“Your American Sign Language interpreters are hurting our education”: toward a relational understanding of inclusive classroom pedagogy.

Autor/a: VALENTE, Joseph Michael
Año: 2016
Editorial: Transformations, Vol. 25, nº 2 (2016) pp. 20–36
Tipo de código: Copyright
Soporte: Digital


Comunidad y cultura sorda, Educación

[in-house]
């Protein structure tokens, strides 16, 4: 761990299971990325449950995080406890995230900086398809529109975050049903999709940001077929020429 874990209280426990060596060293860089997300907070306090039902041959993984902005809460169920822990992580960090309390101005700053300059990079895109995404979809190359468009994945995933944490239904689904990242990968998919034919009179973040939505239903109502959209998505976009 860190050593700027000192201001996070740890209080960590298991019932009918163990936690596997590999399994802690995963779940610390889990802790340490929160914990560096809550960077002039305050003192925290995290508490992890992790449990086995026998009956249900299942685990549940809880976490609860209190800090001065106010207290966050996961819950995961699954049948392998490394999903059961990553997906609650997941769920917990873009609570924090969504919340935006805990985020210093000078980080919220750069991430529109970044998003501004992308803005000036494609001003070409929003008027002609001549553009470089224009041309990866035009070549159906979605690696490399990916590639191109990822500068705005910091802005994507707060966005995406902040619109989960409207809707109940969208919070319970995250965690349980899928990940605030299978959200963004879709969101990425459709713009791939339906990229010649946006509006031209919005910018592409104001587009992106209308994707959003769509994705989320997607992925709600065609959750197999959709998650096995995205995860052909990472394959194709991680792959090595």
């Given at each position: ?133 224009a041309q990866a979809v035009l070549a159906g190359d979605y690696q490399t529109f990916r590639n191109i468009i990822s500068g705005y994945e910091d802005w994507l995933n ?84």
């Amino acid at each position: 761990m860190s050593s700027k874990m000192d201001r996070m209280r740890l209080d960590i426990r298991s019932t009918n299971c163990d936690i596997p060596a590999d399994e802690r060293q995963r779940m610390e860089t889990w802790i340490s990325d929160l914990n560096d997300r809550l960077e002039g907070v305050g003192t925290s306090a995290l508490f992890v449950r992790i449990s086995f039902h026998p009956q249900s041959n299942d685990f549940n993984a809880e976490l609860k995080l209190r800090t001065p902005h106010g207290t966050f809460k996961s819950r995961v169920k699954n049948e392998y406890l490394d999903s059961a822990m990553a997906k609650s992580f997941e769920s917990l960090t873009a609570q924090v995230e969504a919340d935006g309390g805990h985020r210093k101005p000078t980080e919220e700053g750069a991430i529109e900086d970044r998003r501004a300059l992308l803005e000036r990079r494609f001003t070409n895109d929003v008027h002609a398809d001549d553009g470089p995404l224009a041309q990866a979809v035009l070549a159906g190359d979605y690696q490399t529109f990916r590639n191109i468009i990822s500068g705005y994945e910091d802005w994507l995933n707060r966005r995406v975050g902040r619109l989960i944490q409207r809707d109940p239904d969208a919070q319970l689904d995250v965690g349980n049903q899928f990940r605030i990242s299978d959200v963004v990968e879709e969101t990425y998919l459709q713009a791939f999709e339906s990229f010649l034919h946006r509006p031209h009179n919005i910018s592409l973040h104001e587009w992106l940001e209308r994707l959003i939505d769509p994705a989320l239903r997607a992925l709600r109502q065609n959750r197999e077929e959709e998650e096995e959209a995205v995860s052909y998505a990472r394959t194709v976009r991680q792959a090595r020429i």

A few years after I began working as a tenure-track assistant professor at Pennsylvania State University, I taught a graduate seminar on ethnographic methods that was popular with international students and those interested in cross-national research. One mid-October evening after class, a small group of students confronted me in the hallway: “Your American Sign Language interpreters are hurting our education.” Although I am deaf, this class was the first time I had American Sign Language (ASL) interpreters with me at my workplace, or in any place for that matter. I grew up speaking and reading lips, and as a newcomer to ASL, I set out with fantasies of becoming as eloquent in sign language as I am in spoken and written English. But the more I learned ASL and immersed myself in signing communities, the more I realized merely becoming conversant in ASL was going to be a challenging enough aspiration. I came to appreciate that learning ASL was going to be equally as laborious and as much of a struggle as it had been for me to learn English. I eventually learned that ASL is a complex visual-gestural language with linguistic processes functionally equivalent to English phonology, morphology, syntax, semantics, and pragmatics (Valli et al.). And I quickly learned that my fantasies of becoming eloquent in ASL were just that—fantasies. As a latecomer to ASL using sign language interpreters for the first time at work, I also had to come to terms with the fact that I had the receptive language skills of maybe a ten-year-old signer and expressive language skills of about a five-year-old. Strangely in ASL conversations, back then as well as now, I was and still am able to more readily recall the handshapes and movements for signing “pedagogy” and “ethnography” rather than “bacon” or “onions.”